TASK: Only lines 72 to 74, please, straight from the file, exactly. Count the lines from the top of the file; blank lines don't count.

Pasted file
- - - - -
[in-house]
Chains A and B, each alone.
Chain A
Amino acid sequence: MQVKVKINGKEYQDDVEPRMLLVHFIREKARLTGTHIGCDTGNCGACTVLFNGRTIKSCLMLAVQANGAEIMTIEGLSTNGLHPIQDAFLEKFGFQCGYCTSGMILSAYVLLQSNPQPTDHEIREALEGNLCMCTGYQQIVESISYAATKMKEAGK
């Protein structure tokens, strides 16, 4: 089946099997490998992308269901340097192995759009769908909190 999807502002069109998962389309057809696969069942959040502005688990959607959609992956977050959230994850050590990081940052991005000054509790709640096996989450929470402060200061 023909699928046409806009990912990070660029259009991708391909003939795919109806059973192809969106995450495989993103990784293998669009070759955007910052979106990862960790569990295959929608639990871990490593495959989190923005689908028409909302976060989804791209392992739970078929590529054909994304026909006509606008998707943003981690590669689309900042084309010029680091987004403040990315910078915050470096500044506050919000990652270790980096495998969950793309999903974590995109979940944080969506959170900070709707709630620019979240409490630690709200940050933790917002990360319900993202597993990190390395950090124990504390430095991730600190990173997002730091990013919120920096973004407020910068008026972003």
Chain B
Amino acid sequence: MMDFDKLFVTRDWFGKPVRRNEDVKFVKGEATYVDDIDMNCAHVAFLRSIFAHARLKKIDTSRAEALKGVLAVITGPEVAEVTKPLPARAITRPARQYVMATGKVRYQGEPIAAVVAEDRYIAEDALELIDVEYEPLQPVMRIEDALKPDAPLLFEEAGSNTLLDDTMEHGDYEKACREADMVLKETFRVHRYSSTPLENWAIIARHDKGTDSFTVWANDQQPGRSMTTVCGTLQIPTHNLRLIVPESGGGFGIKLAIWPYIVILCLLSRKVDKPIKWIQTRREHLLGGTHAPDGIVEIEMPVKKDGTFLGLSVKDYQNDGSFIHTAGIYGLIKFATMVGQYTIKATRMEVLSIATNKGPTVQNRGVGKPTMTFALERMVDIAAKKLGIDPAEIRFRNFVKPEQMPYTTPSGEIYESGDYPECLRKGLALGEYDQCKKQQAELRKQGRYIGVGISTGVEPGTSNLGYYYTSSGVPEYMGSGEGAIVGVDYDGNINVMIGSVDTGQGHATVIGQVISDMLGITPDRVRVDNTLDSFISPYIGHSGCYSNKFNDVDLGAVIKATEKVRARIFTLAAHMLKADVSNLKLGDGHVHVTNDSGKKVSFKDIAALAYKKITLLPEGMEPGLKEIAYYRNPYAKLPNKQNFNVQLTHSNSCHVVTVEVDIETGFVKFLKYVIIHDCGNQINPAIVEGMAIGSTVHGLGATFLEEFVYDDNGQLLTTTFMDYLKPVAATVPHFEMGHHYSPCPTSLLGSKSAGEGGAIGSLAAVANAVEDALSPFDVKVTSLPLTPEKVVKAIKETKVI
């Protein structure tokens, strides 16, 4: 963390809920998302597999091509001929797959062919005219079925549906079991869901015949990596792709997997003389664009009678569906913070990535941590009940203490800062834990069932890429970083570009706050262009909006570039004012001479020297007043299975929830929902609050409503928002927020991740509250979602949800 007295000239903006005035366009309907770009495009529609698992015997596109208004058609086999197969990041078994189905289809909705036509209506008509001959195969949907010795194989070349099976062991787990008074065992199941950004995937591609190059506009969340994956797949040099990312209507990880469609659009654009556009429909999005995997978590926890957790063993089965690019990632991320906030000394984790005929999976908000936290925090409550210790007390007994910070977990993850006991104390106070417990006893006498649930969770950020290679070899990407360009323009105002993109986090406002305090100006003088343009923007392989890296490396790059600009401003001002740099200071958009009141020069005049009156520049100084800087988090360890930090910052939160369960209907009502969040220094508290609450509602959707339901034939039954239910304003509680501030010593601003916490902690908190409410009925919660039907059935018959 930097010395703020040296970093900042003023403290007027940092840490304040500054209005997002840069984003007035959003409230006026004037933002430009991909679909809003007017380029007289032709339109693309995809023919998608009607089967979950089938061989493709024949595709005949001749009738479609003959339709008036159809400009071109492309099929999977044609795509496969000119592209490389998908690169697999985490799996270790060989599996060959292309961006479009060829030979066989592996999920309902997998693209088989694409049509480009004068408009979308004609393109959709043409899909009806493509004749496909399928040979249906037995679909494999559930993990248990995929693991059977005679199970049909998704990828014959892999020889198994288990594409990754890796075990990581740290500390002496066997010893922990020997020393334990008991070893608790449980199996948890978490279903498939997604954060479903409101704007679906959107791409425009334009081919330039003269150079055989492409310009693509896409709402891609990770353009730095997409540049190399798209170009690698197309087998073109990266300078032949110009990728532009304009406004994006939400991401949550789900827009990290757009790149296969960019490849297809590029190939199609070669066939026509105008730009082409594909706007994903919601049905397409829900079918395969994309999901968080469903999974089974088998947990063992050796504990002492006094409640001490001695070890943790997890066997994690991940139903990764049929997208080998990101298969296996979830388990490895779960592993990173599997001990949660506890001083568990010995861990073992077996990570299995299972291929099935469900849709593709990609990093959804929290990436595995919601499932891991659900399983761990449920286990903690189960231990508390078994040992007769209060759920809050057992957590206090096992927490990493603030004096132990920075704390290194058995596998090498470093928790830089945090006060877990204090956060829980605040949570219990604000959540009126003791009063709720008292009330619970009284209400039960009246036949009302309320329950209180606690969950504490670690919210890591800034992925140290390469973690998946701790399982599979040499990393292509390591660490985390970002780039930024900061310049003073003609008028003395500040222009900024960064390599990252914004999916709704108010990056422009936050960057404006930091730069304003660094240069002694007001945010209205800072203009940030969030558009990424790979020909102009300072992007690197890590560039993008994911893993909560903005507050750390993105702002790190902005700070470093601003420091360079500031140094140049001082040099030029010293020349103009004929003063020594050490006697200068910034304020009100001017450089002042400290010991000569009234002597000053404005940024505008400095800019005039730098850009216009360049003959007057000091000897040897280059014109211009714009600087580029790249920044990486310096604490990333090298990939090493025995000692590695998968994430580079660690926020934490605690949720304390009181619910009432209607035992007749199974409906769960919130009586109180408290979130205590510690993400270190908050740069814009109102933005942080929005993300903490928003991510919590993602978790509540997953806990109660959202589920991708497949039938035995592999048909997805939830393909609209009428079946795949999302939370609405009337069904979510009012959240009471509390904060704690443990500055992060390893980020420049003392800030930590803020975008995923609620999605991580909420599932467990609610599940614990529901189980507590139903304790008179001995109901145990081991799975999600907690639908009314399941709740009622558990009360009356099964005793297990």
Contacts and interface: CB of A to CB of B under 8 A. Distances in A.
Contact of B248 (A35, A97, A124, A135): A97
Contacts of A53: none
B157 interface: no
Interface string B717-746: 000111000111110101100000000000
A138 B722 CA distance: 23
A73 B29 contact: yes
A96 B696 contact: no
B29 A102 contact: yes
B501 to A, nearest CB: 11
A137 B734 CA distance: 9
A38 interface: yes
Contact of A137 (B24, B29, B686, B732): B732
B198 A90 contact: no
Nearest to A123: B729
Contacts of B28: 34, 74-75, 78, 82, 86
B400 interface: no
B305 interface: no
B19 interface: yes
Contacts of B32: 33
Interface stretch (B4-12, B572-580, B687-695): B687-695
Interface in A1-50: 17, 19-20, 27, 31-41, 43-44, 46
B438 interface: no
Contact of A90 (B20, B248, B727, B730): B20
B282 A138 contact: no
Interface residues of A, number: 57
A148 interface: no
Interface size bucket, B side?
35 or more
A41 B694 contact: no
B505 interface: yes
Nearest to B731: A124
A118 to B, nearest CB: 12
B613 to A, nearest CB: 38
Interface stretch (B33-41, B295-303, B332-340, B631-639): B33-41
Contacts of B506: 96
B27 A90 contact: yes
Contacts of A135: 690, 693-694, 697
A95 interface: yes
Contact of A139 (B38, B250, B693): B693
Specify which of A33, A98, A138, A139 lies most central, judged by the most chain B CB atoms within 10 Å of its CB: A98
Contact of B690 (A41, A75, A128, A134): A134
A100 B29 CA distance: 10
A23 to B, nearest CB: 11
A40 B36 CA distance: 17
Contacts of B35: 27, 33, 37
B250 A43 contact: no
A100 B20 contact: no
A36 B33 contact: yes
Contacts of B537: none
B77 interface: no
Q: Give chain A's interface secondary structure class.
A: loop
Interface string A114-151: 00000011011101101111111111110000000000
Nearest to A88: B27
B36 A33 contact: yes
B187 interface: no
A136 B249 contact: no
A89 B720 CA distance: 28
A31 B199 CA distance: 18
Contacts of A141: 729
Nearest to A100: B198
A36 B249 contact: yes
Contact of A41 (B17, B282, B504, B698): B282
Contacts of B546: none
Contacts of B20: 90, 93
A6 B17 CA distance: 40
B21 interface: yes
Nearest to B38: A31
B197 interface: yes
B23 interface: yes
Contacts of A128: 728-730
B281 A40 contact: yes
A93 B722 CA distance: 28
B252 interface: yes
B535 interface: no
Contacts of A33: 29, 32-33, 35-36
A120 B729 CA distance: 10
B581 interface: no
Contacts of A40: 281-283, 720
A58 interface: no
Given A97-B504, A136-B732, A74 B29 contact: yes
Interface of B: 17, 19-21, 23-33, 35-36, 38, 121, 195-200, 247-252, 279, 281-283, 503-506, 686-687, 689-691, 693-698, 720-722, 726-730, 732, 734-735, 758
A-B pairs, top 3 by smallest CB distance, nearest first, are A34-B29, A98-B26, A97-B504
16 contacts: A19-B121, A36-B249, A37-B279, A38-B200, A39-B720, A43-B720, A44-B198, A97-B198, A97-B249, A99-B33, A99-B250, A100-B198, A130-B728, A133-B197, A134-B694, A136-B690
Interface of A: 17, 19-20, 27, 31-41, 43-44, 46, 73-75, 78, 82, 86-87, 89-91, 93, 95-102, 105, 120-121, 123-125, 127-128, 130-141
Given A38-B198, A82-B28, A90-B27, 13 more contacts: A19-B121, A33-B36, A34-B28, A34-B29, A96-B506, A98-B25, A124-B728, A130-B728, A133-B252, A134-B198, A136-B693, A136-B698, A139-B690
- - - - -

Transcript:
Contact of A41 (B17, B282, B504, B698): B282
Contacts of B546: none
Contacts of B20: 90, 93